4. The Divergent Trilogy (I'm kind of cheating here, but I'm going to count them all as one book) by Veronica Roth. For those of you fresh to this young adult/dystopian series, I'm not going to spoil anything here. Let's just say that if you liked the Hunger Games trilogy, you're going to be equally enthusiastic about young Beatrice "Tris" Prior and her cohort.

I bought a paperback Divergent at Barnes and Noble, checked out Insurgent from the local library, and bought Allegiant as an e-book for my Nook. 

3. The Fault in Our Stars by John Green. Hazel Grace Lancaster is just a normal teen with cancer, a young woman who's already outlived her life expectancy thanks to a "miracle drug." She doesn't love the cancer support group, but she does fall in love there, with Augustus Waters, a brilliant, witty, kind young man who lost a leg to bone cancer that's now in remission. This is an important literary novel disguised as YA fiction, and I cannot wait to see the movie.

I never wrote a full review of this novel, mostly because it gives me so many feelings, I become an inarticulate sniffling mass. I paid full retail for this hardcover at a store that was not a bookstore, because I had a gift card. After I read it, my grandma read it. She liked it, too, and she's not one to read YA books normally. 

2. Hemingway's Girl by Erika Robuck. Historical fiction set in Key West in the 1930s, with a Cuban-American protagonist who's kind of in a love triangle with Ernest Hemingway? It's perfection.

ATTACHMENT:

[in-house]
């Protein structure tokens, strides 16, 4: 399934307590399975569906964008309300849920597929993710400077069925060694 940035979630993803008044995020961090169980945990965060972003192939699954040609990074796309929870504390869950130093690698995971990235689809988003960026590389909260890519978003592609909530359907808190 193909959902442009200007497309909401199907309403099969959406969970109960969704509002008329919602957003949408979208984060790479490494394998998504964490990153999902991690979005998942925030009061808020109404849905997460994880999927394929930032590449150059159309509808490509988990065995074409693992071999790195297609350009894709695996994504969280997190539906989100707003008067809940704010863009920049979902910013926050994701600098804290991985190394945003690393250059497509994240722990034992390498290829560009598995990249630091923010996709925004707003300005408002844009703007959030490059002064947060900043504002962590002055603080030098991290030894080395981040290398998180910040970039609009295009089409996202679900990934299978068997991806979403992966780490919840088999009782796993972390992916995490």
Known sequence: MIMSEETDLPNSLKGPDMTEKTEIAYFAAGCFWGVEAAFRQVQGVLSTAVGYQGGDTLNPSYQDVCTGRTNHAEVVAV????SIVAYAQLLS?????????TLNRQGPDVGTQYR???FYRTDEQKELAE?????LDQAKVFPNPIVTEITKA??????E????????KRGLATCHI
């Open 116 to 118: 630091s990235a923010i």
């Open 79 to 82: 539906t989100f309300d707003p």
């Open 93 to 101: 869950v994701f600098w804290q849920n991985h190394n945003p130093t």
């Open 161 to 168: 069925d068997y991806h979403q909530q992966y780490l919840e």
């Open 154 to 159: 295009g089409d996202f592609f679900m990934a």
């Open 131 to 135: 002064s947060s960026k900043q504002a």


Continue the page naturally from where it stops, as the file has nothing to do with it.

I didn't write a formal review of this book on this blog, but I did discuss the first half of it here. I received this one through the Vine program in exchange for a review.

1. The Count of Monte Cristo by Alexandre Dumas. Without realizing it, I checked an abridged version out of the library. I wish I'd read the unabridged version, because after 800 pages, I still wanted more of this classic. The story is compelling and the characterization is interesting. It's everything you could ask for from a dead Frenchman.

Full review here (contains spoilers). I read this as a library book, and then subsequently purchased a used paperback of the unabridged version at a library book sale.